Some suggest concrete may be cheaper than asphalt for roadwork
(Florida) — Asphalt often wins out over concrete when transportation authorities select materials to build roads. But experts debate whether that might change, as funding for road construction goes down and the price of asphalt, which is petroleum-based, goes up.
Motorists won’t see much of a switch of asphalt roads being replaced with concrete, said Bob Burleson, president of Florida Transportation Builders Association.
But, “in some new construction, there might be an opportunity to look at concrete,” he said.
Asphalt is becoming scarce, as U.S. refiners overhaul their equipment to maximize output of highly profitable fuels, such as diesel and gasoline, using inexpensive — and hard-to- process — crude oil.
The dearth of asphalt compounds the challenges states, counties and cities already face in fixing bridges, highways, local streets and other critical infrastructure at a time when budgets are squeezed by falling income, sales tax revenues and real estate tax revenues. There also are higher costs for fuel, steel and other raw materials.
While it hasn’t experienced the shortages like other states and communities across the country, Florida has seen a spike in the price of liquid asphalt, Florida Department of Transportation spokesman Dick Kane said.
Liquid asphalt makes up only about 6 percent of the asphalt mixture, but adds 40 percent to the cost, he said.
The shift in refinery technology that led to the decline in asphalt production was spurred by increased oil prices earlier this year.
Oil refineries around the country are installing billion-dollar machines called “cokers” that are able to refine the chunkiest, low-grade and least expensive crude oil into highly profitable fuels, such as gasoline and diesel.
Asphalt is cheaper than concrete upfront, but concrete lasts longer before it needs repairs.
When deciding between the two materials, the Florida Department of Transportation compares the life of the road with the cost of using both materials, said Roger Schmitt, materials and research engineer for DOT District 5, which includes Brevard County.
That amount includes not just the initial construction costs and the price of maintaining it, but the costs to drivers in terms of their time spent delayed in construction traffic and the cost of running their cars.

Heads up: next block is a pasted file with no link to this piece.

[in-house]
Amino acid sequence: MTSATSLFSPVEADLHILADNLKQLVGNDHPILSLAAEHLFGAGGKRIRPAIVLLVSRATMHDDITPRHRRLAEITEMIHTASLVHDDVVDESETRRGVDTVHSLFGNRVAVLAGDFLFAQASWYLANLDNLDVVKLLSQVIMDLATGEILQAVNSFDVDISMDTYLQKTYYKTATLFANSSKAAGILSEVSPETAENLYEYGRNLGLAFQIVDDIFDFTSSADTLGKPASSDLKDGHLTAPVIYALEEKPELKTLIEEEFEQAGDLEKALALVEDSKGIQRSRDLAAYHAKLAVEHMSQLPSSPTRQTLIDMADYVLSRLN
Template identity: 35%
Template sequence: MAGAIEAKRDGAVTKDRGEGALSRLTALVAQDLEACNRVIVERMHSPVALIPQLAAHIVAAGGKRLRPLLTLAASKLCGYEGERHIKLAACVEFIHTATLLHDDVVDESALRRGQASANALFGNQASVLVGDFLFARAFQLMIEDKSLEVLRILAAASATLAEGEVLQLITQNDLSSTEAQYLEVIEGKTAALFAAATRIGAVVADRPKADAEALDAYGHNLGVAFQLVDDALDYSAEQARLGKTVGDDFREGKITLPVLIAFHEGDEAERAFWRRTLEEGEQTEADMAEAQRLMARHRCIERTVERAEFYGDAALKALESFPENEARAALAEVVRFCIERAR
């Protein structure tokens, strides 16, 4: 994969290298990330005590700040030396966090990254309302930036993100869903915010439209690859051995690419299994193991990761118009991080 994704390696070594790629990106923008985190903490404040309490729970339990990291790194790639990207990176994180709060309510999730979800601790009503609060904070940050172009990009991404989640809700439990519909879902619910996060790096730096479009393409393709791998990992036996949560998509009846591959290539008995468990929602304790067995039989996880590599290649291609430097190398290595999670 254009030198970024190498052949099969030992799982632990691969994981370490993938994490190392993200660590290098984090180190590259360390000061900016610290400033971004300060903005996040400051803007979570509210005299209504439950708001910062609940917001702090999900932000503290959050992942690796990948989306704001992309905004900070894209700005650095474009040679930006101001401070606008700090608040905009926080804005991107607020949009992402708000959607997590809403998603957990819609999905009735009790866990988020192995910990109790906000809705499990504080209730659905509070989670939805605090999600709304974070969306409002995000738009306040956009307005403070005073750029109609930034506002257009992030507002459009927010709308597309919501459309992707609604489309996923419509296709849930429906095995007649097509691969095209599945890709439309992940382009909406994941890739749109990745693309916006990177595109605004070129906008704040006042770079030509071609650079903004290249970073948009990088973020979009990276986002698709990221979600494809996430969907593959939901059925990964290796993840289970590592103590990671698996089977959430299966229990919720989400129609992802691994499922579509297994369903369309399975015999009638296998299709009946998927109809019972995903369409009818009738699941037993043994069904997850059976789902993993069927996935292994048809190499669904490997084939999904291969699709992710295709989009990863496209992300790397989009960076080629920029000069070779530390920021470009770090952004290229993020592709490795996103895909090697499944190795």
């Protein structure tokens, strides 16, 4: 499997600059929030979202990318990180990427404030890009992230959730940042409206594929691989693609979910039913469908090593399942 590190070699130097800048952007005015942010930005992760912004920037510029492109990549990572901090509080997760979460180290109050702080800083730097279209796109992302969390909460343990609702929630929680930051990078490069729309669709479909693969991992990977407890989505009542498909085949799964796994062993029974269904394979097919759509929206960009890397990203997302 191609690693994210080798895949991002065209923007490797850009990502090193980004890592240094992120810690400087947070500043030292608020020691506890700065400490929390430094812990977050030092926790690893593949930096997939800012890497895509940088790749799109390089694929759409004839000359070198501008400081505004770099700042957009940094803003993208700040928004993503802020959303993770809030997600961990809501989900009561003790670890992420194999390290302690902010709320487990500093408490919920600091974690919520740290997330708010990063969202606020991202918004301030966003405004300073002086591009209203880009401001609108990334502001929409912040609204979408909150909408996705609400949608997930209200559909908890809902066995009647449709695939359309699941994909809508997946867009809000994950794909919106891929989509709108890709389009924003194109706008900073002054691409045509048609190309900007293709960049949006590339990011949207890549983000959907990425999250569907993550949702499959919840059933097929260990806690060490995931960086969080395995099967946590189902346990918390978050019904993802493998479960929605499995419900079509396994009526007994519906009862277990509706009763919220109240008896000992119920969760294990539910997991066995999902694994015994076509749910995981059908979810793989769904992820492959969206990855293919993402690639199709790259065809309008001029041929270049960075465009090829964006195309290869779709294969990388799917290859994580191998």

An analysis for a section of Interstate 95 being widened from State Road 528 to Fiske Boulevard pointed to concrete as the more cost-effective option.
Generally, road project analyses have to show the project done with concrete will last three times longer than if it’s done with asphalt before the transportation agency picks concrete, Schmitt said.
But that could shift somewhat as asphalt prices rise.
“If asphalt increases more, concrete will become more and more viable,” he said.
Building roads with asphalt can end up costing more when upkeep costs are considered, said Jamshid Armaghani, director of concrete paving with the Florida Concrete & Products Association.
“The reason this cost is becoming a drain on the counties and cities is because asphalt more often needs repair and resurfacing,” he said.
Meanwhile, concrete pavement should last for 40 years before it needs maintenance, he said.
State Road A1A, which he said was built with concrete, has been in place for 60 to 70 years.
“It’s like buying a car that’s going to cost you a little bit more, but doesn’t require maintenance over the long time,” he said.
Asphalt advocates, however, dispute that.
Asphalt is easier to repair than concrete, said Margaret Cervarich, vice president for marketing and public affairs with the National Asphalt Pavement Association.
To rehab asphalt roads, crews only have to mill off the top inch or two, and replace it with a new overlay, Cervarich said. In some cases, that milled material can be reused at the site.
“Regardless of the initial cost, the life cycle of asphalt is always going to be lower,” she said.
BY SUSANNE CERVENKA FLORIDA TODAY